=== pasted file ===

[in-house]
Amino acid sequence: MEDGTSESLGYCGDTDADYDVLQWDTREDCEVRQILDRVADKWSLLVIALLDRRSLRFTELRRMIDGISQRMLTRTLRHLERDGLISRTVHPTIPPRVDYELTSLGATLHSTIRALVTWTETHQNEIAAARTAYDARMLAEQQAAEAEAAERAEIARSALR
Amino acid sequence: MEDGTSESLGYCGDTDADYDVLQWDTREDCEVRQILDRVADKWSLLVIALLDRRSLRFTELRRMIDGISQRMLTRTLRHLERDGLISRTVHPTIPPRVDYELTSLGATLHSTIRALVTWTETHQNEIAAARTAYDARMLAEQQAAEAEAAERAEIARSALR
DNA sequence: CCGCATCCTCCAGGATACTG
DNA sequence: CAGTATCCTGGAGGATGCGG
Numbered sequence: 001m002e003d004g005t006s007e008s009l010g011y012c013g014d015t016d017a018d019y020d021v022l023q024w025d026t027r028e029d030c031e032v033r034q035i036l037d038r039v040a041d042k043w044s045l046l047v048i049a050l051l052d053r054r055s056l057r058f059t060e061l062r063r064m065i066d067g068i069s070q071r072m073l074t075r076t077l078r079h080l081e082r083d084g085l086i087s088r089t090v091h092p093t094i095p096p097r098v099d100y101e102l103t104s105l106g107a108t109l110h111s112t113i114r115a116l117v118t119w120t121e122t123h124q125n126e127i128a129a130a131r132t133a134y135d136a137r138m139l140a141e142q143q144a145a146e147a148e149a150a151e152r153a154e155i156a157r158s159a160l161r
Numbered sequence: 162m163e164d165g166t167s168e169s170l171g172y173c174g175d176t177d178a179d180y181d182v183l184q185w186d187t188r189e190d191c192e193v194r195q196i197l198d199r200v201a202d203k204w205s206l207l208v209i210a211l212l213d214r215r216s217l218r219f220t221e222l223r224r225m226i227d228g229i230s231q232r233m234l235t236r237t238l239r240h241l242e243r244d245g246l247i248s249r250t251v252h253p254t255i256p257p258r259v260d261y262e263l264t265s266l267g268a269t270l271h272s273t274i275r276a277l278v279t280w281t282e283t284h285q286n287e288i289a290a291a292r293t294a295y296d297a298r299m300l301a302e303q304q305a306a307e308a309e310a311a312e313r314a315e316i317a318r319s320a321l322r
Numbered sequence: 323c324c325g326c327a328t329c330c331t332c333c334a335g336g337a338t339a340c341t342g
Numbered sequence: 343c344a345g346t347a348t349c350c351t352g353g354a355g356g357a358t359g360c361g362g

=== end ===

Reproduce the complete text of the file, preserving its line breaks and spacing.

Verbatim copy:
[in-house]
Amino acid sequence: MEDGTSESLGYCGDTDADYDVLQWDTREDCEVRQILDRVADKWSLLVIALLDRRSLRFTELRRMIDGISQRMLTRTLRHLERDGLISRTVHPTIPPRVDYELTSLGATLHSTIRALVTWTETHQNEIAAARTAYDARMLAEQQAAEAEAAERAEIARSALR
Amino acid sequence: MEDGTSESLGYCGDTDADYDVLQWDTREDCEVRQILDRVADKWSLLVIALLDRRSLRFTELRRMIDGISQRMLTRTLRHLERDGLISRTVHPTIPPRVDYELTSLGATLHSTIRALVTWTETHQNEIAAARTAYDARMLAEQQAAEAEAAERAEIARSALR
DNA sequence: CCGCATCCTCCAGGATACTG
DNA sequence: CAGTATCCTGGAGGATGCGG
Numbered sequence: 001m002e003d004g005t006s007e008s009l010g011y012c013g014d015t016d017a018d019y020d021v022l023q024w025d026t027r028e029d030c031e032v033r034q035i036l037d038r039v040a041d042k043w044s045l046l047v048i049a050l051l052d053r054r055s056l057r058f059t060e061l062r063r064m065i066d067g068i069s070q071r072m073l074t075r076t077l078r079h080l081e082r083d084g085l086i087s088r089t090v091h092p093t094i095p096p097r098v099d100y101e102l103t104s105l106g107a108t109l110h111s112t113i114r115a116l117v118t119w120t121e122t123h124q125n126e127i128a129a130a131r132t133a134y135d136a137r138m139l140a141e142q143q144a145a146e147a148e149a150a151e152r153a154e155i156a157r158s159a160l161r
Numbered sequence: 162m163e164d165g166t167s168e169s170l171g172y173c174g175d176t177d178a179d180y181d182v183l184q185w186d187t188r189e190d191c192e193v194r195q196i197l198d199r200v201a202d203k204w205s206l207l208v209i210a211l212l213d214r215r216s217l218r219f220t221e222l223r224r225m226i227d228g229i230s231q232r233m234l235t236r237t238l239r240h241l242e243r244d245g246l247i248s249r250t251v252h253p254t255i256p257p258r259v260d261y262e263l264t265s266l267g268a269t270l271h272s273t274i275r276a277l278v279t280w281t282e283t284h285q286n287e288i289a290a291a292r293t294a295y296d297a298r299m300l301a302e303q304q305a306a307e308a309e310a311a312e313r314a315e316i317a318r319s320a321l322r
Numbered sequence: 323c324c325g326c327a328t329c330c331t332c333c334a335g336g337a338t339a340c341t342g
Numbered sequence: 343c344a345g346t347a348t349c350c351t352g353g354a355g356g357a358t359g360c361g362g